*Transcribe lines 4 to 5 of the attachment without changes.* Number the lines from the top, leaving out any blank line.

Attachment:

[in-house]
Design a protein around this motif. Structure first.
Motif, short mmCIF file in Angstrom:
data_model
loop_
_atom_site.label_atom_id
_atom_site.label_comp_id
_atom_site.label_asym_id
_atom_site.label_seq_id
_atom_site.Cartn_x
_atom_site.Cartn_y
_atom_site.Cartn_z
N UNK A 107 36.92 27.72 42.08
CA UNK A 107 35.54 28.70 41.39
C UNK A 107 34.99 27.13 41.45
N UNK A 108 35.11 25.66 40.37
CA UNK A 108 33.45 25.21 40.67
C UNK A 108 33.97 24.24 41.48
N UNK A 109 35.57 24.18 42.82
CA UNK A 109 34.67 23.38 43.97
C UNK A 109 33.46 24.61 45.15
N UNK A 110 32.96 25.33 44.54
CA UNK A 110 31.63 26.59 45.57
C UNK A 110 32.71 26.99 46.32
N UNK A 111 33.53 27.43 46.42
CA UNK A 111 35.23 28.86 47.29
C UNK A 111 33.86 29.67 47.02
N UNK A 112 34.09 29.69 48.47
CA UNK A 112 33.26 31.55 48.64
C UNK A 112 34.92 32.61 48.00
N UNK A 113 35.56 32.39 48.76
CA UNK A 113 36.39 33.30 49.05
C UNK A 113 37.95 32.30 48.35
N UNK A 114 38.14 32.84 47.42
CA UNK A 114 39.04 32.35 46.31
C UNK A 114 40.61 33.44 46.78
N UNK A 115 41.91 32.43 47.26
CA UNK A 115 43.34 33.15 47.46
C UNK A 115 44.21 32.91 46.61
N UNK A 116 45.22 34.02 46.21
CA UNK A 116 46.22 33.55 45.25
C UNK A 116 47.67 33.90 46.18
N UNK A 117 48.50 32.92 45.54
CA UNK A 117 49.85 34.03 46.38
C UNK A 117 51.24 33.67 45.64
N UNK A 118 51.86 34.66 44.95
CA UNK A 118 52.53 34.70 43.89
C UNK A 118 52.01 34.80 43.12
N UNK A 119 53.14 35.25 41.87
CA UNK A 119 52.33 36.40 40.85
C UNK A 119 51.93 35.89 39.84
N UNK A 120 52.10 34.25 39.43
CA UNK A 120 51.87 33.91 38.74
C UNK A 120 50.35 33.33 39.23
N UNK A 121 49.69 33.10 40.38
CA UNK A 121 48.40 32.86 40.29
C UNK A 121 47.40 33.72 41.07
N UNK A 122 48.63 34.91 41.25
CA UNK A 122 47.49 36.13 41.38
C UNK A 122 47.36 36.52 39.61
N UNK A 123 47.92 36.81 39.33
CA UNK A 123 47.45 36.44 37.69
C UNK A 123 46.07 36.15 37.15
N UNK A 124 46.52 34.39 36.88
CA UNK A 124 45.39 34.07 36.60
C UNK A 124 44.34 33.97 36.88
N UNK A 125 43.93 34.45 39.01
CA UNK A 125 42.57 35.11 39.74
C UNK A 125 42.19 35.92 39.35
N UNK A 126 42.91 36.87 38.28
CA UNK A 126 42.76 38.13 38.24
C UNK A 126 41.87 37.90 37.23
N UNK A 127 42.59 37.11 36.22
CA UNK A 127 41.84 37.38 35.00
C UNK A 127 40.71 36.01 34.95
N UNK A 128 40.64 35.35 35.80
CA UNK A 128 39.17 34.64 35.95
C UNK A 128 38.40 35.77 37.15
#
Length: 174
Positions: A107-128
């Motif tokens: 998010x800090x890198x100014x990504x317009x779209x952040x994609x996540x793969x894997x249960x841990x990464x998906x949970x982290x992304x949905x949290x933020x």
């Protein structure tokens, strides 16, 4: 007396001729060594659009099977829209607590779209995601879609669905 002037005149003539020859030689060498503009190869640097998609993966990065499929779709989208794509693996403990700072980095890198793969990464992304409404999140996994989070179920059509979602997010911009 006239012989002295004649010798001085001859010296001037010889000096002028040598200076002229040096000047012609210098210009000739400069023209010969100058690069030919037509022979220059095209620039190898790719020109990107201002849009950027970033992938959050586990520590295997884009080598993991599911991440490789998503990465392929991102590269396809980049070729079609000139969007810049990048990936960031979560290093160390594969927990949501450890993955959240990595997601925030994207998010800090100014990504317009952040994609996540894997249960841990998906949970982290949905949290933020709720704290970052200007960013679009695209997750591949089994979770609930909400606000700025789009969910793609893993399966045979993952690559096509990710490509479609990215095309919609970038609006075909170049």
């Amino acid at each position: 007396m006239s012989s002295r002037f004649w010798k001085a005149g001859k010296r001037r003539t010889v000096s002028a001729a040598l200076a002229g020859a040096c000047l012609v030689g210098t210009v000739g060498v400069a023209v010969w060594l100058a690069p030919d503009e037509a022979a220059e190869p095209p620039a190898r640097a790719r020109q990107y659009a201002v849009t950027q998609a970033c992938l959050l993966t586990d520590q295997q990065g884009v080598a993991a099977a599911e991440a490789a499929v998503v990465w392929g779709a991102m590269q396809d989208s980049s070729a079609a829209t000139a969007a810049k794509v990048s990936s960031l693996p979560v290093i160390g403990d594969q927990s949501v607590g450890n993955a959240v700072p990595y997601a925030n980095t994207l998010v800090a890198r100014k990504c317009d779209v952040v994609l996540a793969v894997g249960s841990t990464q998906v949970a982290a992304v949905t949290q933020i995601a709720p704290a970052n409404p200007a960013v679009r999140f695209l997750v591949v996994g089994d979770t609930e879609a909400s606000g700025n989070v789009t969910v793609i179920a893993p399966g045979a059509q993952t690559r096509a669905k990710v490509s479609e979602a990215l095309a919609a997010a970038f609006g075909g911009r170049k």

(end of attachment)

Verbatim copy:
data_model
loop_